Some of the money was lent to the Strafford bank in Dover during a panic but much of it was kept in the old trunk by Jeems' widow until one night when Jeems' grandson Jim and some of his friends were having a good time getting drunk in the family house. A drunken brawl broke out over some matter or another and Jeems' widow became afraid that her money would be stolen and so she opened the trunk and took all of the silver dollars she could carry in her apron and quietly snuck out of the house. She headed westward past the old Hayes family burying ground into the deep woods. She wandered around for a while looking for a place to bury her money. She found a spot in the middle of a triangle formed by 3 large trees where she dug a deep hole in the soft earth, put in the contents of her apron and then neatly covered it and then went back home.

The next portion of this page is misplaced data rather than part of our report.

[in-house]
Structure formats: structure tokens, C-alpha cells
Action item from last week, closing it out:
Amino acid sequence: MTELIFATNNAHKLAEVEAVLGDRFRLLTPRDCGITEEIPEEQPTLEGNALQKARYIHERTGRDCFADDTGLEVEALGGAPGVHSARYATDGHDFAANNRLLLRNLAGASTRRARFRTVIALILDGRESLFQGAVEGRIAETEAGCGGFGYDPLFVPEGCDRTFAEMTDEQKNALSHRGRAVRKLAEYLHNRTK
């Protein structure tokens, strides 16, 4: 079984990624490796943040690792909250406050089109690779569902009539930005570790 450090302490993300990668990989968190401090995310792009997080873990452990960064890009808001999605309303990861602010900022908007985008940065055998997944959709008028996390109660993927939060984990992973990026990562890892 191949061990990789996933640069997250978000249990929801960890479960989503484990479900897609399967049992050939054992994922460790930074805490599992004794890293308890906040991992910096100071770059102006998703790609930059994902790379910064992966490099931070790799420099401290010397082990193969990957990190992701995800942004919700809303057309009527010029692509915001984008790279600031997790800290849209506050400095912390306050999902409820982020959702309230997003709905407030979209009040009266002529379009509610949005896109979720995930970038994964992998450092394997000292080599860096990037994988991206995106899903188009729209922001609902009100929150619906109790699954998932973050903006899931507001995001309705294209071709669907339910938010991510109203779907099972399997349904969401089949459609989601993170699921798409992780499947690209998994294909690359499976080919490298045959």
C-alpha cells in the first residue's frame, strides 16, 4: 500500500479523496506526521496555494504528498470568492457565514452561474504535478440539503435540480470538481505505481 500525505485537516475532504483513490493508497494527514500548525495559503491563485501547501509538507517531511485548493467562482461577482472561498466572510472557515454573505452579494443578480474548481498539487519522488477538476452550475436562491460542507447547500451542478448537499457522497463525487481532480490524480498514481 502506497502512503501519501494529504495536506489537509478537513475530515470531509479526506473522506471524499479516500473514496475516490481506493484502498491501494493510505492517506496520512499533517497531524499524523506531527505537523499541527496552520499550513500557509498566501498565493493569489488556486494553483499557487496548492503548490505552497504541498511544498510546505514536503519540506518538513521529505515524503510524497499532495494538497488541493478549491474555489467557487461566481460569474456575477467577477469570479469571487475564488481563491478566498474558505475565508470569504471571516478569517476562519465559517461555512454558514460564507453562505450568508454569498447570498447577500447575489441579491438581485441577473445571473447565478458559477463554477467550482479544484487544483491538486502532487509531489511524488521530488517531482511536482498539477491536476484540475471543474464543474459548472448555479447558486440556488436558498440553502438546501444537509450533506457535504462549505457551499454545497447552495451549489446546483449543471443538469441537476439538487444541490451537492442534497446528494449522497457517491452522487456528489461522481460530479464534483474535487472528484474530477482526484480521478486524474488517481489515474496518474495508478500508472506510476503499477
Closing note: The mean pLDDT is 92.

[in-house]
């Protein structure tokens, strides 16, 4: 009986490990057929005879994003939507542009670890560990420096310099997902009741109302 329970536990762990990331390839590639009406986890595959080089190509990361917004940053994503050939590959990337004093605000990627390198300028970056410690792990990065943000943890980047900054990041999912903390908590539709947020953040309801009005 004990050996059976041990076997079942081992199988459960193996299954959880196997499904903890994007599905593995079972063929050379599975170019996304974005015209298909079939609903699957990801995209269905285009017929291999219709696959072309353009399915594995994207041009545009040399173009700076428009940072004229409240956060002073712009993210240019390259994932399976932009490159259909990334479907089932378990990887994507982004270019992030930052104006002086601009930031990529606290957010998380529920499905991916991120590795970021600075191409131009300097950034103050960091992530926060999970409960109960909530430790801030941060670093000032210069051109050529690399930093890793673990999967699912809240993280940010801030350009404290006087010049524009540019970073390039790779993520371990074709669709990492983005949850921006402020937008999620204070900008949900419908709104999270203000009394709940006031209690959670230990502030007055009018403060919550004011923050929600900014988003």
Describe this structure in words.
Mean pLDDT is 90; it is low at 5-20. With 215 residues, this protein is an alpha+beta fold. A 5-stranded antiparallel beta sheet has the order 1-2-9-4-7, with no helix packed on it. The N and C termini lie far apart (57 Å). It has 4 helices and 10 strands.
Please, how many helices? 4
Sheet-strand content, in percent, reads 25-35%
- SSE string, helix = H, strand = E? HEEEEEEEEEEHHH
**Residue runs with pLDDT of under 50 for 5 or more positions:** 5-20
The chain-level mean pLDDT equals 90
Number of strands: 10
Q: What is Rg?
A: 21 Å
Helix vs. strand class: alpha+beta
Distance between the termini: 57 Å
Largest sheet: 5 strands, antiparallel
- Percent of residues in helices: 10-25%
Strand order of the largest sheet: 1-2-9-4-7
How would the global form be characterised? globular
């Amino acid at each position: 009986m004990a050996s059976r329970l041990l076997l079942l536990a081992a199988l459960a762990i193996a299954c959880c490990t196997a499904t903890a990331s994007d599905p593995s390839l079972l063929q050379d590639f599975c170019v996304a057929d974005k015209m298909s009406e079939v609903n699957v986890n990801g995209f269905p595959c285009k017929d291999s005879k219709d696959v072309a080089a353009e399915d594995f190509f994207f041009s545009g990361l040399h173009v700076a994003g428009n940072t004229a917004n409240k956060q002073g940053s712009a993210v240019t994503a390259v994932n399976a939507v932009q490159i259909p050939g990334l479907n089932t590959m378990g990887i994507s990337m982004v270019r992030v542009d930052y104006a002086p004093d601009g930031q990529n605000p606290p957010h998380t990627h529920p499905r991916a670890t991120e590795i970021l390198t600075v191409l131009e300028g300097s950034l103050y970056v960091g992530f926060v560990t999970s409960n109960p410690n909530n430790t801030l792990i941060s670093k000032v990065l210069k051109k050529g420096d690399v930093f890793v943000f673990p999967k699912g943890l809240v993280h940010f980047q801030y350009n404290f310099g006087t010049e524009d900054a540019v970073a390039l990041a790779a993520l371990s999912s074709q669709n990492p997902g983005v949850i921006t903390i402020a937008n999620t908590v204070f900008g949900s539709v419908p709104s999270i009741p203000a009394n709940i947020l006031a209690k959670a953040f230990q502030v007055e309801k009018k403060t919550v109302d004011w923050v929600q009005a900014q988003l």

A few days later she went back to retrieve her money but she couldn't locate the triangle of trees again. She summoned help from her family and neighbours but after an extensive search they gave up without ever finding the money. Many have since tried to find the treasure but no one (as of 1930) had reported it found.

    -- as told by Mrs E. E Wiggen circa 1930

  2. #2
    us
    Ben from NH, the Z means nothing

    Dec 2004
    Brentwood, NH
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    Re: New Hampshire Treasure Tale: Green Hill, Barrington

    Hmmm... interesting!
    Pay no attention to that man behind the curtain

  3. #3
    us
    May 2003
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    Re: New Hampshire Treasure Tale: Green Hill, Barrington

    Quote Originally Posted by NHDUG
    Good story Steve! I have been to Green hill and found a German 2 fenny coin nice shiny green patina, and a large cent at a cellar hole there, and also a ring with New Hampshire state seal on it. It must have been plated cause it wore off most of it but you can still see it was plated. I wonder when they made those. I also wonder when did these bldg. rot away. How old were they....The place I found the ring had a flag on the old map....I was made to believe those were post offices...but not real sure...do you know if that is true?